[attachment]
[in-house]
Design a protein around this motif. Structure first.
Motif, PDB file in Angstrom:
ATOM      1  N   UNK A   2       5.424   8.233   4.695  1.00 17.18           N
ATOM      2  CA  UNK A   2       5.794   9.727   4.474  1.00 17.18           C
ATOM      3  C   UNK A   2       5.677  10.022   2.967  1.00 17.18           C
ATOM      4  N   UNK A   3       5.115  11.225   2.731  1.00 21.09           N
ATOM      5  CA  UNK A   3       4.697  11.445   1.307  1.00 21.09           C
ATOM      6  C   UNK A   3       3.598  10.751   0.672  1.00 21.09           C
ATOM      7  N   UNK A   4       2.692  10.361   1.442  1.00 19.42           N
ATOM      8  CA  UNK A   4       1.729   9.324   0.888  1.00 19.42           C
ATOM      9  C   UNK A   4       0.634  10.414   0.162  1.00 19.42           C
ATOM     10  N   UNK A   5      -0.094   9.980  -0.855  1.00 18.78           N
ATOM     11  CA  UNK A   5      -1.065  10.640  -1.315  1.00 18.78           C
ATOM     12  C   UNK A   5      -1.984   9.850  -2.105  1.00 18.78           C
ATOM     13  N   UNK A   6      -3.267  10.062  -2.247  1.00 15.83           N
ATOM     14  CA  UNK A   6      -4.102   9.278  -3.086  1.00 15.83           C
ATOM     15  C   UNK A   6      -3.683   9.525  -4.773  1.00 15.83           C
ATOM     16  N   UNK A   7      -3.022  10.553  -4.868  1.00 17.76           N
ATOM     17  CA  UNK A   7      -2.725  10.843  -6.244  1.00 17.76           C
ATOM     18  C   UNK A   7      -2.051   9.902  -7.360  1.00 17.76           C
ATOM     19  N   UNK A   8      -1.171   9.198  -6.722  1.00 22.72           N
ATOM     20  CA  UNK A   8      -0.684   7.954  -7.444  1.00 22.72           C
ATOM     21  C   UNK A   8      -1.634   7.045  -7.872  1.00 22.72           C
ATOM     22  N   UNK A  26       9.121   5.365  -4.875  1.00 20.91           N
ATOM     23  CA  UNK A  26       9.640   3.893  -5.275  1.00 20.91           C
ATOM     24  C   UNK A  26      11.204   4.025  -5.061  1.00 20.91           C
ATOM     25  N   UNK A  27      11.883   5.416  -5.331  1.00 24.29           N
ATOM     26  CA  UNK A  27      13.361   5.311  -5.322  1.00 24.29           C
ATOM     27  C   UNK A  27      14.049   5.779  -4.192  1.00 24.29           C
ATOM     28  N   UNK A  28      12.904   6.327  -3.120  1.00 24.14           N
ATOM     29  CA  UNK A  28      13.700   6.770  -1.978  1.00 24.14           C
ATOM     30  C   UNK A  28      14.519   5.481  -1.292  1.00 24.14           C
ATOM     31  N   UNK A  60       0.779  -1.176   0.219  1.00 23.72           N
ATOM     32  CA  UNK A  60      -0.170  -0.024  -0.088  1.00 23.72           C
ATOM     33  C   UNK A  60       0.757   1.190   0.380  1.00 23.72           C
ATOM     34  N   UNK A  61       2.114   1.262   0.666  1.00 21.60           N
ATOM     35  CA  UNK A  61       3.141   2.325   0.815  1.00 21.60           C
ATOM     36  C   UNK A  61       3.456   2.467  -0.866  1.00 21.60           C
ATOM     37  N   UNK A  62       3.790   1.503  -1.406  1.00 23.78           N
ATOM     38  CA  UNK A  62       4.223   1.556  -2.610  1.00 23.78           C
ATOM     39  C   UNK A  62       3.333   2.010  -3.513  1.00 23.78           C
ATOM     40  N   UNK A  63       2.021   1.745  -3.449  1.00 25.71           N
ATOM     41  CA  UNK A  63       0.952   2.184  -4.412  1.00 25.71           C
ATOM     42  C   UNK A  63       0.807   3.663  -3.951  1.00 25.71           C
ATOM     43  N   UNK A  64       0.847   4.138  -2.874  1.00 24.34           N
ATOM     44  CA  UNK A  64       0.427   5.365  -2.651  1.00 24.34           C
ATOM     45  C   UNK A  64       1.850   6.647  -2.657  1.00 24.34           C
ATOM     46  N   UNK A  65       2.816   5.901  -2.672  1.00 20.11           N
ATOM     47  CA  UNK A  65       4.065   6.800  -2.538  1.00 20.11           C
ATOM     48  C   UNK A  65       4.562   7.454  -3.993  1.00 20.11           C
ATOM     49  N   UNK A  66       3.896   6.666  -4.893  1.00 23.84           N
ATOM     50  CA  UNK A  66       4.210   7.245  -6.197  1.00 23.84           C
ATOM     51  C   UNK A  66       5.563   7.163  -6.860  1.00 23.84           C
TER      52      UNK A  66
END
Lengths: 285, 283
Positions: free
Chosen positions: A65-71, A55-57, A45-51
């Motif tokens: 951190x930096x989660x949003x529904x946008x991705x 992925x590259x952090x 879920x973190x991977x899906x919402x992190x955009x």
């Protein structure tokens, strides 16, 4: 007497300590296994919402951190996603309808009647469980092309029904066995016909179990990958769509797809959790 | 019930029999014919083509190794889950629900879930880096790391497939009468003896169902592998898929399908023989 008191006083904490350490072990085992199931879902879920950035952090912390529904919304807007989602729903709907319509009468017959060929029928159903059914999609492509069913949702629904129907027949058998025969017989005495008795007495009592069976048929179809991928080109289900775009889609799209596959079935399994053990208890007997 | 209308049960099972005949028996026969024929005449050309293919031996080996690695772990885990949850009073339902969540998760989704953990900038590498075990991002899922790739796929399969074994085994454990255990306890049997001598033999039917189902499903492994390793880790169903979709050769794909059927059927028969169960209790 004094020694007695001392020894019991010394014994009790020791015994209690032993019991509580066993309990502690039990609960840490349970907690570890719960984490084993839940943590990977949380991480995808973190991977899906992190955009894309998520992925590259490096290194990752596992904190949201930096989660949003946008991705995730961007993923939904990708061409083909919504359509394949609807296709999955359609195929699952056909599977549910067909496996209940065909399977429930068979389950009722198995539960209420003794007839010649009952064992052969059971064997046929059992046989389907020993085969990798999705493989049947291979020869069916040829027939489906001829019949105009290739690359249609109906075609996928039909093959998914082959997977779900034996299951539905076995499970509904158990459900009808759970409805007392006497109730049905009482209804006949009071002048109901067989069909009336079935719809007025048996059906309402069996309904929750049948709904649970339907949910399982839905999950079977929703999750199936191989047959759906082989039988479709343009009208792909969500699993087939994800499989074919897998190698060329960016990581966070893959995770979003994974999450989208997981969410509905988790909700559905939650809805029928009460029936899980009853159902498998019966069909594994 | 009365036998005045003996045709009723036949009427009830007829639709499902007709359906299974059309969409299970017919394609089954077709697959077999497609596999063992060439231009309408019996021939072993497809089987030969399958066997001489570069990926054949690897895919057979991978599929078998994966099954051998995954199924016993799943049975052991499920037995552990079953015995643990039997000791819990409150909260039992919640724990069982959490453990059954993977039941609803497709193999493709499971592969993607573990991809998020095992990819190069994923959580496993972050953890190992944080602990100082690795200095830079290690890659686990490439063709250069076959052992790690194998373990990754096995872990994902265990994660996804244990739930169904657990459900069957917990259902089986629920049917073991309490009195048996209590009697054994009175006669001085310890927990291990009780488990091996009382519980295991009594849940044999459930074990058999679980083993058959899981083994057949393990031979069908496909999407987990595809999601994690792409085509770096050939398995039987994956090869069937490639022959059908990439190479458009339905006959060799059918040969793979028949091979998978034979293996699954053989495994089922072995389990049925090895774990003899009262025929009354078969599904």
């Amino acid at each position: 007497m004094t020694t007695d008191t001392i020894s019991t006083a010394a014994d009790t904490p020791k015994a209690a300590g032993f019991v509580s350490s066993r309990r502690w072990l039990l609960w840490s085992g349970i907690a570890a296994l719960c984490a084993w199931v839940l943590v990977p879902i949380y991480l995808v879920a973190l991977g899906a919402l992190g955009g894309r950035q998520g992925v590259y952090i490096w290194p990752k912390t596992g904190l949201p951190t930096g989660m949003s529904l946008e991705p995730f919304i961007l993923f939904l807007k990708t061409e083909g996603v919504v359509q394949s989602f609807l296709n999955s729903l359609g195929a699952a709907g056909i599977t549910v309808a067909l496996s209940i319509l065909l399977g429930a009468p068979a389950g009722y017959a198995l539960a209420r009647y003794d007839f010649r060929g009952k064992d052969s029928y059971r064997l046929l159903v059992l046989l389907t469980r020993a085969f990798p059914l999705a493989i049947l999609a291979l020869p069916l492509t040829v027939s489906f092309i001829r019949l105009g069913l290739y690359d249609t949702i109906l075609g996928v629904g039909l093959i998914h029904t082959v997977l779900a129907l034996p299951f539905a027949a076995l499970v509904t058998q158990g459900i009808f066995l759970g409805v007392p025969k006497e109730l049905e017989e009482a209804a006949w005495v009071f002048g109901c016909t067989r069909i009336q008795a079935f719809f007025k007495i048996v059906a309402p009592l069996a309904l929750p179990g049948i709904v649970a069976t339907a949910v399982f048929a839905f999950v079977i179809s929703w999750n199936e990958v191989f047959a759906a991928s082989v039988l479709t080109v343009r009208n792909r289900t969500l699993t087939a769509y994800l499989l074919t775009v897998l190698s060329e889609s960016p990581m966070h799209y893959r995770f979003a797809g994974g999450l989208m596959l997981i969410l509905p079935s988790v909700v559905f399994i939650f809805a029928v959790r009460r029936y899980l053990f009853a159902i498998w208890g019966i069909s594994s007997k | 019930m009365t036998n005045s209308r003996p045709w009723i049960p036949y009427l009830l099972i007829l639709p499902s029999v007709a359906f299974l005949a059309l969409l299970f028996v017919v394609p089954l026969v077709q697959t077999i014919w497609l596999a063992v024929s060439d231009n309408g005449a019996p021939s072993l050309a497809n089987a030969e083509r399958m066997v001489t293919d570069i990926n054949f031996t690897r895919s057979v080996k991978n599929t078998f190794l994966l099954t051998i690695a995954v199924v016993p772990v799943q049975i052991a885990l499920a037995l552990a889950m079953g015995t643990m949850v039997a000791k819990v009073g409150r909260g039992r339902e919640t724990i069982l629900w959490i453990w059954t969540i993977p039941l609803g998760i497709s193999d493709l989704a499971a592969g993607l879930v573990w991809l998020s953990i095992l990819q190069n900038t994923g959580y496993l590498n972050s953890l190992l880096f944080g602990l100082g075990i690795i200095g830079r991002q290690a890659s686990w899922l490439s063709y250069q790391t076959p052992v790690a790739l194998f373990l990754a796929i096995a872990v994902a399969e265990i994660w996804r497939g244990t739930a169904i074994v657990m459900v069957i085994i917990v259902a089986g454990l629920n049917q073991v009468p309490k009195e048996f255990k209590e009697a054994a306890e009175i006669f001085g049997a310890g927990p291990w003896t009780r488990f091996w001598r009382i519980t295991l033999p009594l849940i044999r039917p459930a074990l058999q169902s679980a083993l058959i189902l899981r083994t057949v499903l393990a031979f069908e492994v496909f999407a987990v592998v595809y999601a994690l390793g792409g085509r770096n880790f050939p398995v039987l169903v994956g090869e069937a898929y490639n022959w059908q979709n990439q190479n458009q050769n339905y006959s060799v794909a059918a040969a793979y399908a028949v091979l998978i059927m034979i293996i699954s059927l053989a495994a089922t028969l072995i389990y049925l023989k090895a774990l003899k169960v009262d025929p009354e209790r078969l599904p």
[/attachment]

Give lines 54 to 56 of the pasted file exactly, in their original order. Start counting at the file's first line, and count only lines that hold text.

ATOM     51  C   UNK A  66       5.563   7.163  -6.860  1.00 23.84           C
TER      52      UNK A  66
END